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Electrifying America-From Thomas Edison to Climate Change

Electrifying America: From Thomas Edison to Climate Change

Written by I. David Rosenstein

The author is an engineer and lawyer who has spent more than forty years in the industry. Rosenstein begins his story in the mid-nineteenth century. He reminds readers that everyday tasks were time-consuming, back-breaking tasks before the advent of electricity. Soon electricity would transform life in the home, on the farm, in the office, in the factory, and on construction sites. Before that energy could be utilized, someone needed to invent the electric light bulb.

Thomas Edison already possessed a long list of inventions before tackling electricity. His work with the telegraph, telephone and phonograph had great potential. Unfortunately, Edison was a lot better at inventing than implementing his ideas in the business world. The fatal flaw in Edison’s direct current could be found in its limited ability to deliver electricity at any distance from a dynamo.

Nicholas Tesla had left his native Hungary to work with Edison in his lab. Edison’s insistence on using direct current led to a break when Tesla failed to convince him to consider using alternating current. Tesla left in 1885 to work independently. George Westinghouse had been experimenting with transformers to increase the voltage of alternating current over greater distances from dynamos. Westinghouse invited Tesla to use his facilities to develop a motor to use his system in factories and businesses. During the 1880’s and 1890’s, the two competing systems of AC and DC battled for supremacy in “The War of the Electric Current.”

After presenting the early history, Rosenstein moves on the powerful monopolies of the 1920’s, and the Golden Age of Electricity after World War II when the world turned back to business development on the home front. He talks about the failures of the industry in the Great Blackout in the Northeast in 1965 and traces the crises of the Oil Embargo of 1973 and the difficulties in California during the 90’s.

By the end of the 1900’s retail electric companies had begun to access electricity through a system of independent suppliers. Then the author discusses recent history and the issues leading up to climate control and the Paris accord. He ends the book by stating his opinion that a reconsideration of the concept of energy supply responding to public sentiments will likely lead to substantial changes in the future.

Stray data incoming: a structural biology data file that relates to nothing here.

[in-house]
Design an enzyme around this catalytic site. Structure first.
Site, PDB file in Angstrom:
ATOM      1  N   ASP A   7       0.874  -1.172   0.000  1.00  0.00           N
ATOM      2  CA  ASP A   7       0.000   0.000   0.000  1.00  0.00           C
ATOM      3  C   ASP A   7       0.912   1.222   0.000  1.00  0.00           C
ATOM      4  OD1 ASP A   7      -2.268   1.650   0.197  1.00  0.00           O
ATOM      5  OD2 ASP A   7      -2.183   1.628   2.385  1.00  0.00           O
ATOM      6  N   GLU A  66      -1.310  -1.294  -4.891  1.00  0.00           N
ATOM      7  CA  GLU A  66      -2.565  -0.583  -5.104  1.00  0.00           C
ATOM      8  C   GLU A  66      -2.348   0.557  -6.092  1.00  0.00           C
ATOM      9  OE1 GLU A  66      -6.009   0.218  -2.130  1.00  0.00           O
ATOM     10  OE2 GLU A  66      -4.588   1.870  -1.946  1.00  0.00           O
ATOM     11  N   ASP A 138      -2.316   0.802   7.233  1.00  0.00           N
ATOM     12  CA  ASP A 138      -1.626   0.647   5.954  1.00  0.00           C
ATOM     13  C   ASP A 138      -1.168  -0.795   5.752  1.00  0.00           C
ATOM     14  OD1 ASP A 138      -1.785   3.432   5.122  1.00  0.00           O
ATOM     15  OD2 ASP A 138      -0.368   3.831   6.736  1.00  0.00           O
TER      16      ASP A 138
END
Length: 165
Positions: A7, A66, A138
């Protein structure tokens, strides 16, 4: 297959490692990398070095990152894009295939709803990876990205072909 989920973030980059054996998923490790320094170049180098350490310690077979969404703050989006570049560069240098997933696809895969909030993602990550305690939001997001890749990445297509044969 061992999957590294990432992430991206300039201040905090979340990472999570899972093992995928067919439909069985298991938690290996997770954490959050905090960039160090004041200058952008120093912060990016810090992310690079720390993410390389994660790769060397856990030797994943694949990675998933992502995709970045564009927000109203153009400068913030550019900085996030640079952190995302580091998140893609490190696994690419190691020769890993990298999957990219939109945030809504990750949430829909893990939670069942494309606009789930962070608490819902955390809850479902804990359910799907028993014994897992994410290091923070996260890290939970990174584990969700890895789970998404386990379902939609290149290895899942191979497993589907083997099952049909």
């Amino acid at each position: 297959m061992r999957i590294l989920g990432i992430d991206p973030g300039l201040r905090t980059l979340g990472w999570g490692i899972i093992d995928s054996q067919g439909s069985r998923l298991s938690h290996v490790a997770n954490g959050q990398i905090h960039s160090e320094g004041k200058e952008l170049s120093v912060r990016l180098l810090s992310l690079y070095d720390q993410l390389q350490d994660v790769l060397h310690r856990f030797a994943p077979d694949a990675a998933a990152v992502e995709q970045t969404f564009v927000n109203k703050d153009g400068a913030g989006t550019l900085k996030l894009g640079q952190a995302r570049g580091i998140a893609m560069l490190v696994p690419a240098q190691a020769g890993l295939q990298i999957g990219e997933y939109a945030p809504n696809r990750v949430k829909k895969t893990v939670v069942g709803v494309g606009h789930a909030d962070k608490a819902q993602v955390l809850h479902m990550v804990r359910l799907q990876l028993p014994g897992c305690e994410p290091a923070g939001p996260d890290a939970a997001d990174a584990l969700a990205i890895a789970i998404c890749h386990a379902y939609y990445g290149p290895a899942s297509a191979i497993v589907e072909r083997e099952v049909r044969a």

This story is an interesting study written by an expert in the field in layman’s terms. The concise book contains less than 150 pages and is easy to follow. Students who have an interest in history, electrical engineering and inventions would find this book a good resource. Recommended for anyone age ten or older.

Barbara Ann Mojica
LittleMissHistory.com

 

Muhammed Ali, Born to Win

Muhammad Ali: BORN TO WIN

Written by Stephen Croke

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The author describes Ali as one who never let others define or limit him. Croke hits the nail on the head. Ali was born Cassius Marcellus Clay in 1942 in Louisville Kentucky; he was named after his father. Clay changed his name when he later converted to The Nation of Islam. Ali began training for boxing at the age of twelve. His ego prodded him to be arrogant and taunting of his opponents. In 1960, Ali won the Olympic Medal in Boxing for the US. By 1974, he had defeated Sonny Liston and obtained The World Heavyweight Champion. The seventies also witnessed victories over Joe Frazier and George Foreman. After the mid-seventies, Ali’s health began to decline; he would fight a long battle with Parkinson’s Disease.

Ali is perhaps just as well known for his behavior outside the ring. He became a conscientious objector during the Vietnam War and refused to be drafted. He opposed the Soviet War with Afghanistan and sided with Palestinian families in Israel. The boxer took part in the Long March in which Native Americans stood up for their rights. Ali was active in the Black Lives Matter Movement. With his Parkinson’s Disease rapidly progressing, Ali got to carry the Olympic Torch in 2012. After being admitted to the hospital, he died of septic shock in June 2016 and was buried by fans and family in Louisville.

This is a well-written book that presents a non-biased portrait of the man and his times. Available in kindle and paperback, this approximately thirty-page read is appropriate for readers aged eight and older.